We report the results, for both cw and mode-locking operation, obtained with an Nd:phosphate laser, pumped by a single high-brightness low-power diode laser.
Initially we designed the cavity setup for the femtosecond laser employing two folding mirrors with 100-mm radius of curvature , and pumping the Nd:phosphate with a 1-W diode laser (100×1 μm2 single emitter), which achieved cw threshold level at an absorbed power as low as 50 mW. From these preliminary results one can expect that the replacement of the 100-mm concave mirror with a 50-mm one, and with significantly better pump beam quality, will reduce by a factor of ≈ 4 the mode area, and, correspondingly, the absorbed pump power at threshold.
We then switched to a single-mode 150-mW device (Axcel Photonics, Inc.), emitting at 802 nm with a narrow linewidth of ≈ 0.15 nm. Given the relatively broad absorption spectrum near 800 nm for the Nd:phosphate this last requirement is not compelling, but it helps minimize the absorption length, which is beneficial for tight focusing.
The laser diode was collimated by an 8-mm focal length aspheric (numerical aperture = 0.5) and focused into the active laser glass with a 50-mm plane-convex singlet lens (Fig. 1). A 100-mm plane-convex lens was contacted with the 50-mm concave mirror (high reflectivity at 1000–1100 nm, high transmissivity at 802 nm) to counterbalance its defocusing effect.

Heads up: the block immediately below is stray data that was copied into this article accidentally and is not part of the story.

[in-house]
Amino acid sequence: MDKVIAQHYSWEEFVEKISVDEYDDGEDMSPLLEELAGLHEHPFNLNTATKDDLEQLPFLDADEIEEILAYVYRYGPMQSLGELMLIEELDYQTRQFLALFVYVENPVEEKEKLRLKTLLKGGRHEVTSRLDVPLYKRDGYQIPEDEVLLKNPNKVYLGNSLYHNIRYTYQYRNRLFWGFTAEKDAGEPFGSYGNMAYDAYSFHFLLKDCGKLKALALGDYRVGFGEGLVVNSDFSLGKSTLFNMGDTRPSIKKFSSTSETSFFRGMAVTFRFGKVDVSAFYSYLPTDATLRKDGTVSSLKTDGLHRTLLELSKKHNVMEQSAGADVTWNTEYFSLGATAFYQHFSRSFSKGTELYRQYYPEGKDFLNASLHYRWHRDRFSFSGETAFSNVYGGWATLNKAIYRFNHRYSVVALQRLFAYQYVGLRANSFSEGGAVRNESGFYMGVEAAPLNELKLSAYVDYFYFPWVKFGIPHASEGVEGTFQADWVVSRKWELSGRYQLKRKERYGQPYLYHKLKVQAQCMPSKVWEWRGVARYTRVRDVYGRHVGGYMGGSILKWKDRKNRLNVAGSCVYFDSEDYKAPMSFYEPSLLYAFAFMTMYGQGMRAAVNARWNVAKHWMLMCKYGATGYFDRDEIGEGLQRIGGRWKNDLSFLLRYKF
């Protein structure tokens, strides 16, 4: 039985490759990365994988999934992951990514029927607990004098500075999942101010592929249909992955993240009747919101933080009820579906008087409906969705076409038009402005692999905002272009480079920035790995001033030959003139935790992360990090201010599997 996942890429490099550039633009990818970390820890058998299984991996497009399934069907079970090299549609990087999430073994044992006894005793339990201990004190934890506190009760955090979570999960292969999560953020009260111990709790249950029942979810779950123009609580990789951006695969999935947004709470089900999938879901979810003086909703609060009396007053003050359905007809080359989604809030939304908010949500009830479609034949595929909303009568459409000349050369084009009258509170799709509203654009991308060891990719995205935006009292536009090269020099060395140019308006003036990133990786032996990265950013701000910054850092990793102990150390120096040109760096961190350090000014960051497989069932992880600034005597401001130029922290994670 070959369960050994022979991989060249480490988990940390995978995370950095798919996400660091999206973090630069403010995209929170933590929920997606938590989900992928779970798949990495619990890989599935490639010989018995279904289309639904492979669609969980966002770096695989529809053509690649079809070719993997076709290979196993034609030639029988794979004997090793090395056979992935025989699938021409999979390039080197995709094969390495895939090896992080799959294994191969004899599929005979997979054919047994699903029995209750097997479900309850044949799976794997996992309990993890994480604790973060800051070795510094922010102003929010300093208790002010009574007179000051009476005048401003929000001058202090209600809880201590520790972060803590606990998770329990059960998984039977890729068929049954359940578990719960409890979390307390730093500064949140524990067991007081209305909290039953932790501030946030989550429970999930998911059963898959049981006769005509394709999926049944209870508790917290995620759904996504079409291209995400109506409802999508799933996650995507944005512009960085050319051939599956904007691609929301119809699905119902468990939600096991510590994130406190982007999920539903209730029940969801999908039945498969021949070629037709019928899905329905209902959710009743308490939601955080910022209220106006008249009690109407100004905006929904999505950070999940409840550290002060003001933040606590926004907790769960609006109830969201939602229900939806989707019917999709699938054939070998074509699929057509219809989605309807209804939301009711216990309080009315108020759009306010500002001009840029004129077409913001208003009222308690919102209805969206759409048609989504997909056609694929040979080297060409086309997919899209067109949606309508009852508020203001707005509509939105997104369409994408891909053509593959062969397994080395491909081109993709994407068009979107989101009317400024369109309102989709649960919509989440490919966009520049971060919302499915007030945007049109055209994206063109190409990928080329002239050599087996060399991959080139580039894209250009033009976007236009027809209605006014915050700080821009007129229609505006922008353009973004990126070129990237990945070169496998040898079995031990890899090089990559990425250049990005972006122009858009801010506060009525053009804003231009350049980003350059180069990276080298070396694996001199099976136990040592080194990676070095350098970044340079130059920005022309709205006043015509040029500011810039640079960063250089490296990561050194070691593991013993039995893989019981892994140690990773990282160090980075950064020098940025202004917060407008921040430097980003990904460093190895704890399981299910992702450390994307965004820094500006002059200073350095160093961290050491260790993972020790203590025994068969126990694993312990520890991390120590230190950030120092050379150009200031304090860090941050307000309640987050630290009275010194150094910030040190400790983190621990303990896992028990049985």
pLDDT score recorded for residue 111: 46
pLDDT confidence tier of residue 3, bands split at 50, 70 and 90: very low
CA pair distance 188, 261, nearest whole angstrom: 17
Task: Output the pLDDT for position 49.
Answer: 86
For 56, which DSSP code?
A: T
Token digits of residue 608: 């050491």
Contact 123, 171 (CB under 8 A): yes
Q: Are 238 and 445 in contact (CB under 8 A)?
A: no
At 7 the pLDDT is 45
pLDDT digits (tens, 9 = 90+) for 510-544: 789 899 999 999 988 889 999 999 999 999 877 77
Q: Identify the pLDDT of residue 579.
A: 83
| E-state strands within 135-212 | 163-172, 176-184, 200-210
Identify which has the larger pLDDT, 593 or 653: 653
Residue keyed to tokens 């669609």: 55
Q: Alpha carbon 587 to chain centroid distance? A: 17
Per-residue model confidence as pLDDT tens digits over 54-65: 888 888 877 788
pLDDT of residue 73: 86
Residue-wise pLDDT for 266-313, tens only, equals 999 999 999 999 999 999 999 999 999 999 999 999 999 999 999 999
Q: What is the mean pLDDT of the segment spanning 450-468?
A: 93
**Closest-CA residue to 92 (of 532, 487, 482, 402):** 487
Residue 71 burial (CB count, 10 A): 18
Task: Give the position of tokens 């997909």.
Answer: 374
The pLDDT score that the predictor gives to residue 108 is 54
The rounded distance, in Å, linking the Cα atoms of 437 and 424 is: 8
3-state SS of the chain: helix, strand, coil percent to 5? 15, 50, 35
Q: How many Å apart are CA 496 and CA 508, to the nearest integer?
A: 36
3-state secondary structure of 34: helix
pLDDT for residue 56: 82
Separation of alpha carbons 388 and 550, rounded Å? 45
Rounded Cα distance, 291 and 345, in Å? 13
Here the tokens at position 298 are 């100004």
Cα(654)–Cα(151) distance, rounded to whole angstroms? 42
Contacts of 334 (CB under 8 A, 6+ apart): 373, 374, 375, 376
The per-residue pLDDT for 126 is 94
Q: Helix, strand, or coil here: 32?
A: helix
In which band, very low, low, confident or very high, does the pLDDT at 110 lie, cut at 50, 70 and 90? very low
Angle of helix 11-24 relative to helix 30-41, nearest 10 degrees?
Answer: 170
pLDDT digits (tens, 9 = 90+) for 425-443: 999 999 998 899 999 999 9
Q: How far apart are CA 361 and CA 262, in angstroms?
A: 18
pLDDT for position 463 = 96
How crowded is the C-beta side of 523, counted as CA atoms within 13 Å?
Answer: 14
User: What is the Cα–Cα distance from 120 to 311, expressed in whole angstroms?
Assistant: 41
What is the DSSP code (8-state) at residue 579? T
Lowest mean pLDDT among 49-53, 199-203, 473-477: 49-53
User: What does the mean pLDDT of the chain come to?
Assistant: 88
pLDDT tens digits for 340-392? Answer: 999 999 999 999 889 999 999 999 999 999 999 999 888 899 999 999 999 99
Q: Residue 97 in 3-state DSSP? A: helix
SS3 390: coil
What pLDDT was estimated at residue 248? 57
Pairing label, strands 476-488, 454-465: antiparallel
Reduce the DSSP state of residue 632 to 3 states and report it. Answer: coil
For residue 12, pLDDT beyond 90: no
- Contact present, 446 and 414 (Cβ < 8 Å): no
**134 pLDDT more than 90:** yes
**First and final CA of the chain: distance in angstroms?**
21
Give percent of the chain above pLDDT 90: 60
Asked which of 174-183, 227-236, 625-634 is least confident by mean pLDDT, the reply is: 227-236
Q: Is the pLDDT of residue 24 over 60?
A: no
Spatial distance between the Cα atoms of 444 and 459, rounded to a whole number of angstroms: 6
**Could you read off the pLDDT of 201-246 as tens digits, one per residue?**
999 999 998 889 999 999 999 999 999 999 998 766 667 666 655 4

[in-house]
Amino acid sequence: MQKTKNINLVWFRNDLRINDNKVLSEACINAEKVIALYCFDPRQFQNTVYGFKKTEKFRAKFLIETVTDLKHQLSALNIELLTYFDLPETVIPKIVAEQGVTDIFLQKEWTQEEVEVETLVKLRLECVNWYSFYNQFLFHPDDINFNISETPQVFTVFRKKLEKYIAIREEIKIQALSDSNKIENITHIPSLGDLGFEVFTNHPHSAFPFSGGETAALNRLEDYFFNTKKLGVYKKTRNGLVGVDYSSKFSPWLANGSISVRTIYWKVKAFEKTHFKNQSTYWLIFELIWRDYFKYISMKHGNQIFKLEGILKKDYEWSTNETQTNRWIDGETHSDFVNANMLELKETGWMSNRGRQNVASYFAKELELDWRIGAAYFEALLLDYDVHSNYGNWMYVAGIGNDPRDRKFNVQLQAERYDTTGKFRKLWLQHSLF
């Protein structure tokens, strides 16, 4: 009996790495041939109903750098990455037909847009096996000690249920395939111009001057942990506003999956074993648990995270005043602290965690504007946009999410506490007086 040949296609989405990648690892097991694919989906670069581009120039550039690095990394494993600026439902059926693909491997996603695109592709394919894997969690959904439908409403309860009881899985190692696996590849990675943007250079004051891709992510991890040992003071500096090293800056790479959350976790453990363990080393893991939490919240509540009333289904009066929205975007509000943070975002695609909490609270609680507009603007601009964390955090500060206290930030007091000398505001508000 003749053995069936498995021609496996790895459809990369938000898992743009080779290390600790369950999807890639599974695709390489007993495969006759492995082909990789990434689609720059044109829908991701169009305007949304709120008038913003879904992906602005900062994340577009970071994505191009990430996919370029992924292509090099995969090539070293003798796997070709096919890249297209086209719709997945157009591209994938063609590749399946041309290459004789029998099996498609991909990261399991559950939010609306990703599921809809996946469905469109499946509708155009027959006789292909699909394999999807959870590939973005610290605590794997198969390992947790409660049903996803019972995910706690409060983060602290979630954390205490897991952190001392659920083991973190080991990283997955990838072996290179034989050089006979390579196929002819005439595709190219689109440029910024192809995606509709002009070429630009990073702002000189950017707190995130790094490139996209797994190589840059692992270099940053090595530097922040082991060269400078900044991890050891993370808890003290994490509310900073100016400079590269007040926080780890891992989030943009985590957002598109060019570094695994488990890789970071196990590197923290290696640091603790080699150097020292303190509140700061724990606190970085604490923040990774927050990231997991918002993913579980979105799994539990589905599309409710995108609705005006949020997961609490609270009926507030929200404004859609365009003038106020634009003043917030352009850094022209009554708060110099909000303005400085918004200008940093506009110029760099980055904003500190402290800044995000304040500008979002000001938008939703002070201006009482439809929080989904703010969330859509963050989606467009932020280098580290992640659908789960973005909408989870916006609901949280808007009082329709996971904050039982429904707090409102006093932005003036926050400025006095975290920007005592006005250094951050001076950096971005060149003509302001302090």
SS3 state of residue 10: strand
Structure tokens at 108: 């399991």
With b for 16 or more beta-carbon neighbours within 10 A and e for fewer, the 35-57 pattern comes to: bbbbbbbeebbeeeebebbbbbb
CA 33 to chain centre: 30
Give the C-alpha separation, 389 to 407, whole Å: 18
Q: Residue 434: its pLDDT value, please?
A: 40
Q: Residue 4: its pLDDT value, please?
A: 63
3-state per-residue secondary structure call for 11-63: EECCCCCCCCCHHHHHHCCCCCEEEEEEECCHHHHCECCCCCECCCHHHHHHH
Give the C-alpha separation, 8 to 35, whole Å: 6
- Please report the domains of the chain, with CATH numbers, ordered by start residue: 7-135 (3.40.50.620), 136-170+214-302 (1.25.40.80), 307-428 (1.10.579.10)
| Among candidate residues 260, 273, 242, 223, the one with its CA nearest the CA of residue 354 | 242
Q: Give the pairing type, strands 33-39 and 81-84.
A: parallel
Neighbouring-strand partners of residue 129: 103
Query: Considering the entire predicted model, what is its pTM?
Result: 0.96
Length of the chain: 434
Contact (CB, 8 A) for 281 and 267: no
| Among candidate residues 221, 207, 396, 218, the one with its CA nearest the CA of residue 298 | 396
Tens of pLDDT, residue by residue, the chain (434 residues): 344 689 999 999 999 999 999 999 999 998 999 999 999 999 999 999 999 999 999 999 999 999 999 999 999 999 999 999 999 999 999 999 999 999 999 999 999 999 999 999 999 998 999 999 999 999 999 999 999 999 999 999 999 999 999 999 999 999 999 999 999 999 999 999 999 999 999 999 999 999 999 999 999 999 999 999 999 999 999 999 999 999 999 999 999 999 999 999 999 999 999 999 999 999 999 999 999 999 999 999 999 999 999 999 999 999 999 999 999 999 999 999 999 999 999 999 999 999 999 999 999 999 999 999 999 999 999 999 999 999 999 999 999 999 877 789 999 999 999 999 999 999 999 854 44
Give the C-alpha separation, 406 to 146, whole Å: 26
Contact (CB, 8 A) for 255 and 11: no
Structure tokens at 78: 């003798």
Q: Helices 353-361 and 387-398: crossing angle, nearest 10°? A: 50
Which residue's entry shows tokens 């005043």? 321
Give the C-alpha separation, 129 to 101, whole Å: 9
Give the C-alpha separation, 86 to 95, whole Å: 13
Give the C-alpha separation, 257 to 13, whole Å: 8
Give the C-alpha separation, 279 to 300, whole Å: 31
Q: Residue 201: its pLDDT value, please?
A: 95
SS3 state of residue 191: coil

A CCD camera scanning along the pump axis around the focal plane then analyzed the pump beam. According to the manufacturer’s specifications, the beam proved to be nearly diffraction limited (horizontal and vertical directions: M 2 x = 1.0, M 2 y = 1.4) with a markedly elliptical shape (minor-to-major axes ratio ≈ 1:2). The pump spot radii were measured to be wpx × wpy = 14 × 7 μm2 in air, while the resonant mode radius was calculated to be ≈ 15–20 μm within the resonator stability range. This was the simplest pump setup with minimal optical elements we intended to investigate. A more refined setup, which could better mode matching, would have required an anamorphic prism pair before focusing to circularize the pump spot.
As active medium, we used an Nd:phosphate N31 glass , which was chosen for the shortest absorption length allowed by the high doping concentration of 4%. Other phosphate glasses such as Kigre Q98 and Schott LG760 were also available but with lower doping levels; however they performed comparably well in our tests with the 1-W pump diode.
The 5-mm long Brewster-cut N31 glass slab was put in the pump focusing optics focal plane, kept in place by a mirror holder without any active thermal control. Almost all the diode power was absorbed by the Nd:glass, owing to the high transmission optical coatings of the lenses L1 and L2 and the mirror M1 (147 mW out of 150 mW was measured to reach the laser glass).